Does Transitioning Towards Renewable Energy Accelerate Economic Growth? An Analysis of Sectoral Growth for a Dynamic Panel of Countries

Document Type


Publication Date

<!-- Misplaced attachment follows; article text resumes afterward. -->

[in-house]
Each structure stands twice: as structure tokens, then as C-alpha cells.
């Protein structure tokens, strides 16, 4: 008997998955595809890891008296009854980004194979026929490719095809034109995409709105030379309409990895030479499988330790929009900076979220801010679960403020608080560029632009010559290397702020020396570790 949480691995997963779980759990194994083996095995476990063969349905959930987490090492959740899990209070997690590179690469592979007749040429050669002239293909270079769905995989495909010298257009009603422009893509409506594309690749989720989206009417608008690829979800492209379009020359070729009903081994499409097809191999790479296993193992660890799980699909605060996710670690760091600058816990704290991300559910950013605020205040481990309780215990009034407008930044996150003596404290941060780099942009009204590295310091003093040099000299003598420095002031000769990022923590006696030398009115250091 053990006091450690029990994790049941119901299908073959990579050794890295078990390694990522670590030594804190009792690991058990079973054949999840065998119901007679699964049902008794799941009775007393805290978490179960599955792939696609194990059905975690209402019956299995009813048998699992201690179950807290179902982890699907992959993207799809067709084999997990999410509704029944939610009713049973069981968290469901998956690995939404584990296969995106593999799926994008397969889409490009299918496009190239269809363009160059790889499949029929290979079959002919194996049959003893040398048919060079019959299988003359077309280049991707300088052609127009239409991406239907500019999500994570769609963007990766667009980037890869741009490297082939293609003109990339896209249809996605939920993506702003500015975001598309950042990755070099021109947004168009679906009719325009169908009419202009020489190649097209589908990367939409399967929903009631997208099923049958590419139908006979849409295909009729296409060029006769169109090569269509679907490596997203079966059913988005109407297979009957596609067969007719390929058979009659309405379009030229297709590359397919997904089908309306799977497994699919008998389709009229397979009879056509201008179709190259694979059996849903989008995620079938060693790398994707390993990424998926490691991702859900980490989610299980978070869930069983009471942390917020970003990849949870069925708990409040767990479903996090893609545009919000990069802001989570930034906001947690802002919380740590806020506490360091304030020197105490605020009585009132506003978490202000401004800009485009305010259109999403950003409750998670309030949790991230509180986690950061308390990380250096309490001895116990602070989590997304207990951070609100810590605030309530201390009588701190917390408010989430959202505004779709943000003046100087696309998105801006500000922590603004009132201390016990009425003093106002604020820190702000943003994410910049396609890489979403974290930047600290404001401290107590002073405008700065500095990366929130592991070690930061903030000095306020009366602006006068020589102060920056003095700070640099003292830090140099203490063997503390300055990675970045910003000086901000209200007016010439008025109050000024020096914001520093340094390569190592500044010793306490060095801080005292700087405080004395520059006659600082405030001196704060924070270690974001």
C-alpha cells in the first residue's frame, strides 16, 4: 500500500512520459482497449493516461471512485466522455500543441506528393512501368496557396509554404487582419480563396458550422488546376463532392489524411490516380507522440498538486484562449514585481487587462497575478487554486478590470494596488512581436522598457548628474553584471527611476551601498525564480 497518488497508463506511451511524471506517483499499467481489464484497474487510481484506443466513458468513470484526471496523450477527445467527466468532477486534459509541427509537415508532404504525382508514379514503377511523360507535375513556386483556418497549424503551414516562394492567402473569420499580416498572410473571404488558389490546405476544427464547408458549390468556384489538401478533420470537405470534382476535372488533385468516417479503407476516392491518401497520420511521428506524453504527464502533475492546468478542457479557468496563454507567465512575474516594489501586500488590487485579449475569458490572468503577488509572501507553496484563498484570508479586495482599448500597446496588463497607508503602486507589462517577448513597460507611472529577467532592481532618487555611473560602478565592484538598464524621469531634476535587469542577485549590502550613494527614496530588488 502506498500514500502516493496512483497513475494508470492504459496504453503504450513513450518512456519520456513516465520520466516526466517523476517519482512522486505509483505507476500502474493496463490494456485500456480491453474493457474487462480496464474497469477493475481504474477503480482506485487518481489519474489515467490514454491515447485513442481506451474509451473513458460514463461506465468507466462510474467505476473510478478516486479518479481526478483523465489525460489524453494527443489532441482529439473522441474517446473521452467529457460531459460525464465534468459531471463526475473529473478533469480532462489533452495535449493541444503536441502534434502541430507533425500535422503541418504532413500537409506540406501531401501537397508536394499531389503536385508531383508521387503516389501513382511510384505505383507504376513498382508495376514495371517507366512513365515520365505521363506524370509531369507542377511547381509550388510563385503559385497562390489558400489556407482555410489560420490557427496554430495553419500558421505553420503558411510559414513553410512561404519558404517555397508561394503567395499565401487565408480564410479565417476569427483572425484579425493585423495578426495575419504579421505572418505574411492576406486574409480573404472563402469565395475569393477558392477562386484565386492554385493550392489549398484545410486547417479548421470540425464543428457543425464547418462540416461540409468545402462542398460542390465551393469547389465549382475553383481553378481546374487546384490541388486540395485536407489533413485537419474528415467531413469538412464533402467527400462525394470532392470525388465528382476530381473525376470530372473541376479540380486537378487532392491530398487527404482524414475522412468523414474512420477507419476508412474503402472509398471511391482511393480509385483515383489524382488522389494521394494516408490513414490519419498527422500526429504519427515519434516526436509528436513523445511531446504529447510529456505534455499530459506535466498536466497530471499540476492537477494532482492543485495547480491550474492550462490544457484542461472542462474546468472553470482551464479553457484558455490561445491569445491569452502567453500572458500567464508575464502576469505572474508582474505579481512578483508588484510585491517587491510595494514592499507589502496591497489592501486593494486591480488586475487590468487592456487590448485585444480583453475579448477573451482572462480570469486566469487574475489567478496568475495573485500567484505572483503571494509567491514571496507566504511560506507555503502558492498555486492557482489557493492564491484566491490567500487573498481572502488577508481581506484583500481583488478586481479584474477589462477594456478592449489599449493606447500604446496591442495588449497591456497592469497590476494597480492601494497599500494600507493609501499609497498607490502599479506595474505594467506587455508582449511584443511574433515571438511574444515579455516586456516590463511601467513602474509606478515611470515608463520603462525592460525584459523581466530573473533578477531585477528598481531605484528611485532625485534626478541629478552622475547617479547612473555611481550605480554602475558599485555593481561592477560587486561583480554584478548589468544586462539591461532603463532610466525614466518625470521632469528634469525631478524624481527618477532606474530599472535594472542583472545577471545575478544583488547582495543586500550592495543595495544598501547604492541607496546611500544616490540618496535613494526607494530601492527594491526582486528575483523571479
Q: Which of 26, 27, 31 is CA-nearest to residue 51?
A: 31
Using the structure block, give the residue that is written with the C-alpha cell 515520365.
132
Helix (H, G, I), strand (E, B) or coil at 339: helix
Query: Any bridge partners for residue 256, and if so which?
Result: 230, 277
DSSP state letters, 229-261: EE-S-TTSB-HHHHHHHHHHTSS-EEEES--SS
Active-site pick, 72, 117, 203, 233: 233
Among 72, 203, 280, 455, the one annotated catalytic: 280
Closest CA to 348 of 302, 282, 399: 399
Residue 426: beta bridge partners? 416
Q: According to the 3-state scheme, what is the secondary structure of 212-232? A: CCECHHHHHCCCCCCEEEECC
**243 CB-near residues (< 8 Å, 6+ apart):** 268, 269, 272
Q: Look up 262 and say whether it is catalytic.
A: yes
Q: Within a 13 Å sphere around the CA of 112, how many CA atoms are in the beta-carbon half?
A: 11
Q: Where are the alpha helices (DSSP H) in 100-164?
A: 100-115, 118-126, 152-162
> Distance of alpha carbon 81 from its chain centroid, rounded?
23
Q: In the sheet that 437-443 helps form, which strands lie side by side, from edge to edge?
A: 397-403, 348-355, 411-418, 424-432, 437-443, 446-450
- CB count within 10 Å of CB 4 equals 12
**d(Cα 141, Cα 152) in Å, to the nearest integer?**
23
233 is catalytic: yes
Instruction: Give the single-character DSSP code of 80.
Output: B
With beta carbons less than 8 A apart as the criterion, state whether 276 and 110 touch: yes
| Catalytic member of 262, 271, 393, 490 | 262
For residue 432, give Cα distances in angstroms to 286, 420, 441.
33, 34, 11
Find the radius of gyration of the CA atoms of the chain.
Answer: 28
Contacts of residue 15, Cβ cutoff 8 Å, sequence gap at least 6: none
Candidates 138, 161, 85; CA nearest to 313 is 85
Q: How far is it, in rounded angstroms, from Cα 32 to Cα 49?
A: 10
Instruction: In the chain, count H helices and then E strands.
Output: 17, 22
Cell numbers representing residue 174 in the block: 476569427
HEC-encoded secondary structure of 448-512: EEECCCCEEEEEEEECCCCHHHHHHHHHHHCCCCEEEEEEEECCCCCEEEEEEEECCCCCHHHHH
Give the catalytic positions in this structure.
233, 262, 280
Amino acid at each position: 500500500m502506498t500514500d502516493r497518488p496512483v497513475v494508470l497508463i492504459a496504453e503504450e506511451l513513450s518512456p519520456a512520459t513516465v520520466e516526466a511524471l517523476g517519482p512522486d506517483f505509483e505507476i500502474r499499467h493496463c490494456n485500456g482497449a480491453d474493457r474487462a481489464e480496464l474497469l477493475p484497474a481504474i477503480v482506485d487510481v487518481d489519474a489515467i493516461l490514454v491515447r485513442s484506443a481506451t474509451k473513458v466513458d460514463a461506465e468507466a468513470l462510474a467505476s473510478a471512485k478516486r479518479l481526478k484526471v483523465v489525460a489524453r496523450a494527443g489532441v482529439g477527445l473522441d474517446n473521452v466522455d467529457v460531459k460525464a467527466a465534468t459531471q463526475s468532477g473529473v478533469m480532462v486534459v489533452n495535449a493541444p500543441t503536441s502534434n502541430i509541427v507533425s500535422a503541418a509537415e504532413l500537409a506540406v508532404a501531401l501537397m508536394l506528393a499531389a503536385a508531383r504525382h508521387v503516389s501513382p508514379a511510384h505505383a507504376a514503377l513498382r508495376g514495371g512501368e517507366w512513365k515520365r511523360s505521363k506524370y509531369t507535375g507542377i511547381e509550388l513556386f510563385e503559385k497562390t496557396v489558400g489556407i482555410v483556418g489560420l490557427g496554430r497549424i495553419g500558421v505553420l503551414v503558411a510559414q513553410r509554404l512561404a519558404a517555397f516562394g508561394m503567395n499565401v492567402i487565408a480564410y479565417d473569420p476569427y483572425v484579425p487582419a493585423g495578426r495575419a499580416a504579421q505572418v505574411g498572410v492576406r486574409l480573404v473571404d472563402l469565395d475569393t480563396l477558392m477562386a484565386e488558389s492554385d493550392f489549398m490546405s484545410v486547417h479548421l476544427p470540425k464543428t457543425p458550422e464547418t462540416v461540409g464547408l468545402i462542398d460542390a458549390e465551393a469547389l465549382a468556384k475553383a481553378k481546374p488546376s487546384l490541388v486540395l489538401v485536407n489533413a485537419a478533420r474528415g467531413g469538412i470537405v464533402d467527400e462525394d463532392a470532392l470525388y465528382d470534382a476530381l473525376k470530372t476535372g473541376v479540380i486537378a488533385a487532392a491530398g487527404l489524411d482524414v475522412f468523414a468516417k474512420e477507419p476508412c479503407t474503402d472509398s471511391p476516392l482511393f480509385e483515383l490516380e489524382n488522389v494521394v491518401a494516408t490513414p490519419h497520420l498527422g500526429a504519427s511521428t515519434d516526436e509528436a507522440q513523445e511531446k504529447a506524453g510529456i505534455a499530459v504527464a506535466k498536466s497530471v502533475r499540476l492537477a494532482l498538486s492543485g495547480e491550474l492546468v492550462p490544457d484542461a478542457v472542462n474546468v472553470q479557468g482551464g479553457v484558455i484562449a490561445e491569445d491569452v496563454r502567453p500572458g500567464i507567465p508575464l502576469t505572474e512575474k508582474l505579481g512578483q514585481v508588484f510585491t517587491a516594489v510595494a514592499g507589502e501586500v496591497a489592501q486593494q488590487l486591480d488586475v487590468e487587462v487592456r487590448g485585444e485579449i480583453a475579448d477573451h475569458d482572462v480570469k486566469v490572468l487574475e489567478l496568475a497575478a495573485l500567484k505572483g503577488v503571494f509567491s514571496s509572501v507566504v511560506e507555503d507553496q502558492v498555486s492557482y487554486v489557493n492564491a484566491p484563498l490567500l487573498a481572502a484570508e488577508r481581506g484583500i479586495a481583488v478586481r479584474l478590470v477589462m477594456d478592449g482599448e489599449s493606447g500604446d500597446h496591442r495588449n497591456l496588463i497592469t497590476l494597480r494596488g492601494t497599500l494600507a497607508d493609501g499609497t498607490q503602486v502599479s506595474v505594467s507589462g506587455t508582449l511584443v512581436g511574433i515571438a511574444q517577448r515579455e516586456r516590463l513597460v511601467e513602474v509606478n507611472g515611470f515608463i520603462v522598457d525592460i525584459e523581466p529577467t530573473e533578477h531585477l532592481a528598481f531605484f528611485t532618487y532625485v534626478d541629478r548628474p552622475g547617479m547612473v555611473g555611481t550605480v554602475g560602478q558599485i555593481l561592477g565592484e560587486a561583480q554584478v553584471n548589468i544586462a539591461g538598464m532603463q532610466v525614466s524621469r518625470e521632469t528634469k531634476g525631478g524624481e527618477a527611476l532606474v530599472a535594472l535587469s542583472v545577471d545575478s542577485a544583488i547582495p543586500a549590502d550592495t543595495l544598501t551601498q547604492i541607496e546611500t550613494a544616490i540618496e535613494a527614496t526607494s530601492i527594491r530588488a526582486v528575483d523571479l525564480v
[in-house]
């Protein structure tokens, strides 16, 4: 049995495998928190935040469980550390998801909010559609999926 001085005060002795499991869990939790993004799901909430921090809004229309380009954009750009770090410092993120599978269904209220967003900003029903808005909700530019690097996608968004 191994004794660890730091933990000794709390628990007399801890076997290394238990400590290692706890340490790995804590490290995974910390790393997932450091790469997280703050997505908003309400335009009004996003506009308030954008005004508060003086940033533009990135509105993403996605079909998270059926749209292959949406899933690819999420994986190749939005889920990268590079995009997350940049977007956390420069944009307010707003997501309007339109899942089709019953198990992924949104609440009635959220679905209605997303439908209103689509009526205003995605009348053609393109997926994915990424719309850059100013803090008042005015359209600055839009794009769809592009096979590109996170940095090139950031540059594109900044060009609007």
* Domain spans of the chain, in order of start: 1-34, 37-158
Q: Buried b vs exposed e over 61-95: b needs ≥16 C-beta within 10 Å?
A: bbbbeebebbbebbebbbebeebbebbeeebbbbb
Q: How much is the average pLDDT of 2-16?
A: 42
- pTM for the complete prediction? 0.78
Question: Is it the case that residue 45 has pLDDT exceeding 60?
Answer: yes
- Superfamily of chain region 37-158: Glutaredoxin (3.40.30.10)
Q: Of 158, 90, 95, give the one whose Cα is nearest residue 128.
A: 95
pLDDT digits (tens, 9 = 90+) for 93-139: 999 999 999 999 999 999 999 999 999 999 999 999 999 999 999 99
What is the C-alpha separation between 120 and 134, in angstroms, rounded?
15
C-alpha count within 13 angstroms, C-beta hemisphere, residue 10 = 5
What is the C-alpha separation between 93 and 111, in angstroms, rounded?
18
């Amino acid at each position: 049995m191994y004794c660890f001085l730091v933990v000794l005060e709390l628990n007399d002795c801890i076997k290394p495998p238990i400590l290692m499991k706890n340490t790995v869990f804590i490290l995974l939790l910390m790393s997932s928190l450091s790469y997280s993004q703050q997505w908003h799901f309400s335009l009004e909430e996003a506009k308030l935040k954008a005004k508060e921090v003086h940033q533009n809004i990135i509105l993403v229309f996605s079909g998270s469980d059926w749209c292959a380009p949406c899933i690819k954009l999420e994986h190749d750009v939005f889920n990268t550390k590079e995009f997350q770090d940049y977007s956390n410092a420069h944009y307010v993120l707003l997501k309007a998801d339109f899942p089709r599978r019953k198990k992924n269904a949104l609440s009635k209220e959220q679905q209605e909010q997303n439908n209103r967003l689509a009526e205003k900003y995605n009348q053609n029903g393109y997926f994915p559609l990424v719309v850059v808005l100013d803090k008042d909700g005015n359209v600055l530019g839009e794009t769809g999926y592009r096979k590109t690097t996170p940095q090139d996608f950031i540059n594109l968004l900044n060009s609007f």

This study examines the impact of non-renewable and renewable energy consumption on economic growth, differentiating between manufacturing and services growth. We derive our empirical model from an endogenous growth framework with expanding variety of intermediate capital goods embedding non-renewable and renewable energy inputs. Controlling for well-established growth determinants, we estimate the effects of non-renewable and renewable energy consumption, differentiated by type of use — industrial, residential, and total final energy consumption — on manufacturing and services growth. We find that renewable energy enhances growth in high-growth sectors, i.e. the services sector in high-income economies and the manufacturing sector in middle-income economies. In the case of high-income countries, renewable energy is a complement to non-renewables, whereas in the case of middle-income countries the two are substitutes. The growth effects are primarily due to industrial energy consumption. T Based on our findings, we propose that an effective renewable energy incentives policy for middle-income countries should be directed at manufacturing enterprises, and in high-income countries these incentives should be directed at the services sector.